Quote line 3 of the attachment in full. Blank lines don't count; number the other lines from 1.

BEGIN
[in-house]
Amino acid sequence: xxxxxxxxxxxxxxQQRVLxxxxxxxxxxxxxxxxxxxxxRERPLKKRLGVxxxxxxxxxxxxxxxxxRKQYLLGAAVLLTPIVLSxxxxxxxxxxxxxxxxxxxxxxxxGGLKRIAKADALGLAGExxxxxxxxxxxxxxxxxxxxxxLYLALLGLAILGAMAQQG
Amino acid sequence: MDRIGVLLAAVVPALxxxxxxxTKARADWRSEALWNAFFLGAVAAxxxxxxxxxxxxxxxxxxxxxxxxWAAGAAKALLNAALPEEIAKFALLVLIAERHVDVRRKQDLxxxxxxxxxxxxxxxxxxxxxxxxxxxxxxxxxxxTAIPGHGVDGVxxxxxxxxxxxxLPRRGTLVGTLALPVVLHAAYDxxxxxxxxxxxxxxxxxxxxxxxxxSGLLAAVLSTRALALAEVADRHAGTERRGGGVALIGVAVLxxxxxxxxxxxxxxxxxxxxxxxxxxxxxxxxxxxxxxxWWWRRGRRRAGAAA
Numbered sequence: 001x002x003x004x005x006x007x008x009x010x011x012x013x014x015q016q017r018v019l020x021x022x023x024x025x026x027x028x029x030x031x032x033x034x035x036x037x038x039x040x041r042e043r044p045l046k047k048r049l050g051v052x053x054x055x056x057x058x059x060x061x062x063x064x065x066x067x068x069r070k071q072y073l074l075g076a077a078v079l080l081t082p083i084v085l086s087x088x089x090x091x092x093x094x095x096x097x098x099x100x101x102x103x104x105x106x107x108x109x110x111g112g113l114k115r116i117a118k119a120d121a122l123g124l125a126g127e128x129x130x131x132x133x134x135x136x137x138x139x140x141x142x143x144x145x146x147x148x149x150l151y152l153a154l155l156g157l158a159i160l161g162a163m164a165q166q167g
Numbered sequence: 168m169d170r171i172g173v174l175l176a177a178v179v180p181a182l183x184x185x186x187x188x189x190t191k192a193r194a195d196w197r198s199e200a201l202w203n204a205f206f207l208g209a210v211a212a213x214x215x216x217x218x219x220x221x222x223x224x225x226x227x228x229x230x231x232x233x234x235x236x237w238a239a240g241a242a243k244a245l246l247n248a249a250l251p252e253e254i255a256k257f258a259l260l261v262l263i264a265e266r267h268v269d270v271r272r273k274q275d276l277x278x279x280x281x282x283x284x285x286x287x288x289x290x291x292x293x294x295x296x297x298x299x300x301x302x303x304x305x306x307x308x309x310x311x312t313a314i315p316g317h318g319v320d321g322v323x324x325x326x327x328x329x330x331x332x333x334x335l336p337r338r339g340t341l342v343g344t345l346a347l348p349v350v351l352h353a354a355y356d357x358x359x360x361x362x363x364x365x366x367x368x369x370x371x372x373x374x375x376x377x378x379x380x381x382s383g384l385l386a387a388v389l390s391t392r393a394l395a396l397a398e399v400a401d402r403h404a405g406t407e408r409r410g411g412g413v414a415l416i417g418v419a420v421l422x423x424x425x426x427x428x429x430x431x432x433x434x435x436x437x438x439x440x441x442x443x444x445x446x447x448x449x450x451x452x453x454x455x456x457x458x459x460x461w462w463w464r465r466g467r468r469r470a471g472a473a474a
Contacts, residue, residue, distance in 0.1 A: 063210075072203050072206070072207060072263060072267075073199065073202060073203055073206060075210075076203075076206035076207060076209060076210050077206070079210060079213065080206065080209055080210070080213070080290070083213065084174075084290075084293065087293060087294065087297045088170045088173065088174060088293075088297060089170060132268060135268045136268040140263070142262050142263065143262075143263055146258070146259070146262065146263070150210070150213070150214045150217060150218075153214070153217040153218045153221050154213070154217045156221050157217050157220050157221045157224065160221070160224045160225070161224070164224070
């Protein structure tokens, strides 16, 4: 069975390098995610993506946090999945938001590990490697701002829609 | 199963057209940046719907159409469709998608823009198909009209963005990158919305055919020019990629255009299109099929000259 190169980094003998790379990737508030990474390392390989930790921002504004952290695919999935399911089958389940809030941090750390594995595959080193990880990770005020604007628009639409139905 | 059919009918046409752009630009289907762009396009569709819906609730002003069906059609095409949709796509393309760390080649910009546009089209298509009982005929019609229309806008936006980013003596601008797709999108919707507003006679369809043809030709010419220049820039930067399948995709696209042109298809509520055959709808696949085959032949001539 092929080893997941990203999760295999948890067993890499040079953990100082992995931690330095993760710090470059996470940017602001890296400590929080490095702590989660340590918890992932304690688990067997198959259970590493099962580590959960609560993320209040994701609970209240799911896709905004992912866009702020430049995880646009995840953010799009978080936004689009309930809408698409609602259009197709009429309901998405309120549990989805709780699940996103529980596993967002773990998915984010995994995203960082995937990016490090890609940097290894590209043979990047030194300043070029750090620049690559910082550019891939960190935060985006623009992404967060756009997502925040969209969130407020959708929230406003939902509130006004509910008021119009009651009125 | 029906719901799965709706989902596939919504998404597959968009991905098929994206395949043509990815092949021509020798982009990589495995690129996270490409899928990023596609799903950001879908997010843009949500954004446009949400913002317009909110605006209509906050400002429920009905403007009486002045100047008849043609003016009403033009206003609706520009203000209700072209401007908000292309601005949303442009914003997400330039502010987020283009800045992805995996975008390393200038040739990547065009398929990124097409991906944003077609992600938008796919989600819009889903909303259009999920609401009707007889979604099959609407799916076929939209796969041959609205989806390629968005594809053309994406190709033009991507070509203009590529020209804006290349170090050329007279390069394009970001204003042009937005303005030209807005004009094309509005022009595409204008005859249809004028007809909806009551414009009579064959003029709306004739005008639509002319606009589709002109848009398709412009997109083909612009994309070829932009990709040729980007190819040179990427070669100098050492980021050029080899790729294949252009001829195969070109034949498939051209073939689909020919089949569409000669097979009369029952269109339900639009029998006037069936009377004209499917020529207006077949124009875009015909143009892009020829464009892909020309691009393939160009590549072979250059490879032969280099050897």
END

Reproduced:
Amino acid sequence: MDRIGVLLAAVVPALxxxxxxxTKARADWRSEALWNAFFLGAVAAxxxxxxxxxxxxxxxxxxxxxxxxWAAGAAKALLNAALPEEIAKFALLVLIAERHVDVRRKQDLxxxxxxxxxxxxxxxxxxxxxxxxxxxxxxxxxxxTAIPGHGVDGVxxxxxxxxxxxxLPRRGTLVGTLALPVVLHAAYDxxxxxxxxxxxxxxxxxxxxxxxxxSGLLAAVLSTRALALAEVADRHAGTERRGGGVALIGVAVLxxxxxxxxxxxxxxxxxxxxxxxxxxxxxxxxxxxxxxxWWWRRGRRRAGAAA